A student who feels that he or she has substantial prior background in a particular area may submit a request to the Graduate Business Admissions and Petitions Committee to substitute a course or courses. After favorable evaluation of the student's prior experience, permission may be granted to substitute a more advanced course, as long as the advanced course has as a prerequisite the substituted course.

The equivalency privilege, if granted, does not reduce the total credit requirement. It does, however, provide the opportunity for the student to explore in greater depth particular areas of interest by course substitution.

The equivalency privilege may not be applied to MBA 520-Managerial Policy and Strategy, which is the capstone course of the program.

Curriculum Sequence

The foundation course requirements should be completed in the initial portion of the student's program of study. Prerequisite course requirements listed in the course descriptions must be followed. Courses in a functional area such as Marketing Management or Management of Financial Resources should be completed prior to more advanced work in the functional area. Any student who feels well-prepared in a particular area may, with permission, substitute a more advanced course in the same area. The course in Managerial Policy and Strategy should be taken in the last year of study, ideally the last semester, to provide a means of integrating the various areas of course work.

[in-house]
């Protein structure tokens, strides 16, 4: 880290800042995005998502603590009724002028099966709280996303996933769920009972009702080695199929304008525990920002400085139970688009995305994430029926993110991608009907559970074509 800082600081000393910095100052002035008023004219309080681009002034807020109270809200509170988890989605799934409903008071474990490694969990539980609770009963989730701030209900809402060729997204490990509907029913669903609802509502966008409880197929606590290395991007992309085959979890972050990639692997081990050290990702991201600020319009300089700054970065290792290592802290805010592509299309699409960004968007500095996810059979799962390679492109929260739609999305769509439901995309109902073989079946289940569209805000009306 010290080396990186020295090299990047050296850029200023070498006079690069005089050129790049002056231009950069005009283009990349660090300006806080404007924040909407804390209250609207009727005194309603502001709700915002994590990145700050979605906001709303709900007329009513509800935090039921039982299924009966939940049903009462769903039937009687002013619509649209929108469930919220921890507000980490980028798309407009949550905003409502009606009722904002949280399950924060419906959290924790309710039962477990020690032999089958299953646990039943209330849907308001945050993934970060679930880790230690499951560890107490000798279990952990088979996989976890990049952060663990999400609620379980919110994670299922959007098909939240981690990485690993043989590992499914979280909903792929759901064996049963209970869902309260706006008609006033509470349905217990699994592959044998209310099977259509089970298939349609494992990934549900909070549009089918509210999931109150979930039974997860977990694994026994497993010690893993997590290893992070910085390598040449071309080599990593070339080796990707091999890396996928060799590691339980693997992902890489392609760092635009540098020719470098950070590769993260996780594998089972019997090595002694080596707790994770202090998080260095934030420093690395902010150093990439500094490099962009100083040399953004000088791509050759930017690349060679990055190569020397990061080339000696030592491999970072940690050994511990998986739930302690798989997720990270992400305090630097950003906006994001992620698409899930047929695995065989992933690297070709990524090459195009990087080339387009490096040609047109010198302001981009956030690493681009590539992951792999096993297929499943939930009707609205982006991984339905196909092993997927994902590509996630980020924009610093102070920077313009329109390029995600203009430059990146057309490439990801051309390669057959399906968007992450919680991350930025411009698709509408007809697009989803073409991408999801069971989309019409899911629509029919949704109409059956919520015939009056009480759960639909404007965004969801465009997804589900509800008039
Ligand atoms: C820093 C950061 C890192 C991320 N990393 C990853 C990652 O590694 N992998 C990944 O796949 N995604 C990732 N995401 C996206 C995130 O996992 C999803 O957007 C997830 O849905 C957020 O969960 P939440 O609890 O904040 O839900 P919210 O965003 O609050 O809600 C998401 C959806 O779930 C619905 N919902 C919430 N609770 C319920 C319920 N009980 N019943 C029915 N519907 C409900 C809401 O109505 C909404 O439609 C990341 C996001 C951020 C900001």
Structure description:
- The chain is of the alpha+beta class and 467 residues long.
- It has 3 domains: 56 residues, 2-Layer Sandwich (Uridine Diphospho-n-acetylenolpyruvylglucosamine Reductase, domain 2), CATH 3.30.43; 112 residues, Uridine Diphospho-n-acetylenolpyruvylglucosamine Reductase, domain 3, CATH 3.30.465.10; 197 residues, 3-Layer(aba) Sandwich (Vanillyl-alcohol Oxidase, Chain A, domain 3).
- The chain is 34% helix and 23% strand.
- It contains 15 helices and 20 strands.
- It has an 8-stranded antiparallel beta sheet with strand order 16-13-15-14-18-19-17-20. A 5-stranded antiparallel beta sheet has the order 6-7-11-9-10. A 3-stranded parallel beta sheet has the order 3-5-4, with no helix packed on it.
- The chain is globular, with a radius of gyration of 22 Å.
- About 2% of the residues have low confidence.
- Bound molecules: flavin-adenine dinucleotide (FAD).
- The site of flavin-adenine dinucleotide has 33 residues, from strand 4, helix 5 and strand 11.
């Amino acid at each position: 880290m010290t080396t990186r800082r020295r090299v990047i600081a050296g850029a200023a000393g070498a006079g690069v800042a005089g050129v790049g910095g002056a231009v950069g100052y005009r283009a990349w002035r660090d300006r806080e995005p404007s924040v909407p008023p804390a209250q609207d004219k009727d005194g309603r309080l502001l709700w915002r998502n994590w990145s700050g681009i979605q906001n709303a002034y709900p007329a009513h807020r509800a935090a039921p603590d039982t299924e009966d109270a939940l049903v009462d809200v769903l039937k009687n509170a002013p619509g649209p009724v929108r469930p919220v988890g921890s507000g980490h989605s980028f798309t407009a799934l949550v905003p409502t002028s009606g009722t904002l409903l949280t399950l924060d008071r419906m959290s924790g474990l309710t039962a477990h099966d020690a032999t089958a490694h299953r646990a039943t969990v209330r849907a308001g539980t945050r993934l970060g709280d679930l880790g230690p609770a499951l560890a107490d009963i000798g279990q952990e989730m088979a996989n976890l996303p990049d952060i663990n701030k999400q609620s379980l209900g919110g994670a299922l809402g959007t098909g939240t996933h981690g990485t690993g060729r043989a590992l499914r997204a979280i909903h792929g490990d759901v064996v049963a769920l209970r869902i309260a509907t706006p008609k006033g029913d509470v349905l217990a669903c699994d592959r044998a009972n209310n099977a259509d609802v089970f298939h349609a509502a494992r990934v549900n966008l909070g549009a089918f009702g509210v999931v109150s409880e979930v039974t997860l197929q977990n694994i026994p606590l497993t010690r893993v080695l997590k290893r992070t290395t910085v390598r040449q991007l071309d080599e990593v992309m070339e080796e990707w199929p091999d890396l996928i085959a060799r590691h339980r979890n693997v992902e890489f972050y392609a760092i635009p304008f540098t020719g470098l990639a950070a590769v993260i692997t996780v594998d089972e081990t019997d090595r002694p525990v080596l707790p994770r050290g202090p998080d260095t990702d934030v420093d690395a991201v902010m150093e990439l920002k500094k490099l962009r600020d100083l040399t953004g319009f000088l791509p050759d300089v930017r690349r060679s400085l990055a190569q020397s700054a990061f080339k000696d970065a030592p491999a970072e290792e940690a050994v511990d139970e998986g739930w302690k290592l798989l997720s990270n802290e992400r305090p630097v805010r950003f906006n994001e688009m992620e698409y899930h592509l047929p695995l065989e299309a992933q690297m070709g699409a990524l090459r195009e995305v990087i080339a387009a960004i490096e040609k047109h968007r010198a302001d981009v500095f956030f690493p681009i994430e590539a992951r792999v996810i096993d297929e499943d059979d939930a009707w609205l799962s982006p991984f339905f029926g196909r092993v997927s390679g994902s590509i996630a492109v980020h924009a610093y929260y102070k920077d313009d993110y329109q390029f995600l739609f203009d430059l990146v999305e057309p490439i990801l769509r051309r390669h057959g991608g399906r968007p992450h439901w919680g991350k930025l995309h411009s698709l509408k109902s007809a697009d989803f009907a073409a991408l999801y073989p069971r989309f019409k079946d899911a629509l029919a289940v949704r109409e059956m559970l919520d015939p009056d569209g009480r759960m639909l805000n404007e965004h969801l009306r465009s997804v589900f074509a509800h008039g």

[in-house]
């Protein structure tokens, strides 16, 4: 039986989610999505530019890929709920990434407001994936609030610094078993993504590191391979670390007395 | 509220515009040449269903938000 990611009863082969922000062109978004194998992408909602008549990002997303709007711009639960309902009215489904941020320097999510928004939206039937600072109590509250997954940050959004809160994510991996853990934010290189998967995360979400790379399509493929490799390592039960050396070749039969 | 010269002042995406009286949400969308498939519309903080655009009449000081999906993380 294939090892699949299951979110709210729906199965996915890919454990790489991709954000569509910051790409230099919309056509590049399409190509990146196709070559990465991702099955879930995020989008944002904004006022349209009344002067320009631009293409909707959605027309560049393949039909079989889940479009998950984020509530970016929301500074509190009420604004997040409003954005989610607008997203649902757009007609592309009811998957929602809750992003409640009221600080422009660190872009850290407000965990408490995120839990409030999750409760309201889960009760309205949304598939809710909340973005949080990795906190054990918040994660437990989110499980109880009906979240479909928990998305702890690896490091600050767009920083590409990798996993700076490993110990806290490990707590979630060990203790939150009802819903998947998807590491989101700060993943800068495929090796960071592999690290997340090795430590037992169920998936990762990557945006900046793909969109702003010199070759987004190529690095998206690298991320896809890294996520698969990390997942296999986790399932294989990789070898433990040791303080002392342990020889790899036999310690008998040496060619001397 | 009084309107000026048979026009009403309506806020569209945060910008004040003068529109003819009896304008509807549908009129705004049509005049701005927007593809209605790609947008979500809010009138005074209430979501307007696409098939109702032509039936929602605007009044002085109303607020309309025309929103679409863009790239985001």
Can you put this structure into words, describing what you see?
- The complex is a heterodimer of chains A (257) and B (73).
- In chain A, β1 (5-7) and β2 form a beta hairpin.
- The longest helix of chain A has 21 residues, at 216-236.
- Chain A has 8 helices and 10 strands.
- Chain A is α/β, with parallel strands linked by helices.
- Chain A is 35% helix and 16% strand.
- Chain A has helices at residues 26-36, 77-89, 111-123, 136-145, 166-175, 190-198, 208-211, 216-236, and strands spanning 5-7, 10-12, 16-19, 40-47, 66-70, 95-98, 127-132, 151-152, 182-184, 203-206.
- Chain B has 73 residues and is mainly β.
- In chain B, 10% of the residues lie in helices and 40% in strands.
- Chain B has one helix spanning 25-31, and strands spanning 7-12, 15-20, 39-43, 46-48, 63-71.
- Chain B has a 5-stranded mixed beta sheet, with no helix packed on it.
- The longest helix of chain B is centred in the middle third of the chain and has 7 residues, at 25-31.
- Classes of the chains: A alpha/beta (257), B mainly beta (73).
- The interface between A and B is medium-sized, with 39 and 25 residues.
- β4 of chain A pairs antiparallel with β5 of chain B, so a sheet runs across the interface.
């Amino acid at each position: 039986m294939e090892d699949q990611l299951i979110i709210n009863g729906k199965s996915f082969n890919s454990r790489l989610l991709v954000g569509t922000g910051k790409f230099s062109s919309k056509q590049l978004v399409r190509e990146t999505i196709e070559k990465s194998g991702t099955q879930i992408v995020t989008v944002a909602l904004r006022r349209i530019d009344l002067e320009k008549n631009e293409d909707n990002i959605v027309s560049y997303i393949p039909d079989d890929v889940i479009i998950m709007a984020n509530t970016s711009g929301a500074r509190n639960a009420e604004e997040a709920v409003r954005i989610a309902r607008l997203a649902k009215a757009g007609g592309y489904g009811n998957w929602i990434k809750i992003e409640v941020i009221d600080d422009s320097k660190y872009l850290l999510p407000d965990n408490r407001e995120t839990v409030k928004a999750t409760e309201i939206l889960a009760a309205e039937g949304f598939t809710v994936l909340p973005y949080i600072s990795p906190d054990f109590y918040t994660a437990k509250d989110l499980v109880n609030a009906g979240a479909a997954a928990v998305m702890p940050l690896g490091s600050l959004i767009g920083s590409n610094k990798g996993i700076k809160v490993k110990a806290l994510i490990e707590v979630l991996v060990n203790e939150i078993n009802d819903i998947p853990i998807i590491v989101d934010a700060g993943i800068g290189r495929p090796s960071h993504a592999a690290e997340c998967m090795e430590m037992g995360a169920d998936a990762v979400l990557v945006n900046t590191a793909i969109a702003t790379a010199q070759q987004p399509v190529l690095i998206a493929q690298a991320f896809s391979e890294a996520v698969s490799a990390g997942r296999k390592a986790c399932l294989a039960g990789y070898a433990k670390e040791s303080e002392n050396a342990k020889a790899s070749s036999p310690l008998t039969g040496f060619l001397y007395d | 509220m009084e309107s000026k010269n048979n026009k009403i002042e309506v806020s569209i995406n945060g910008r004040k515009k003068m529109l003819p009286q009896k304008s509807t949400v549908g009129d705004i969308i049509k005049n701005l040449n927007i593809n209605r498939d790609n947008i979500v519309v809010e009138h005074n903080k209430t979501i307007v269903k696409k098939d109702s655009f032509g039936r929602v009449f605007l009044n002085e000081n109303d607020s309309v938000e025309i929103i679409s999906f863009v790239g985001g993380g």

Each foundation-level and core-level course will be offered at least one time each year, barring exceptional circumstances. At least two elective courses will be offered each semester. Courses offered during the two summer sessions are determined by a survey of the needs of the students and faculty interests.

Summer Sessions

Foundation, core and elective course offerings are based on survey of student needs and faculty interests.

Course Load

Three courses per semester (9 credit hours) constitute a full-time load for graduate students. Two courses per semester (6 credit hours) constitutes a half-time load for graduate students (fall and spring). This applies as well to summer sessions I and II (inclusive).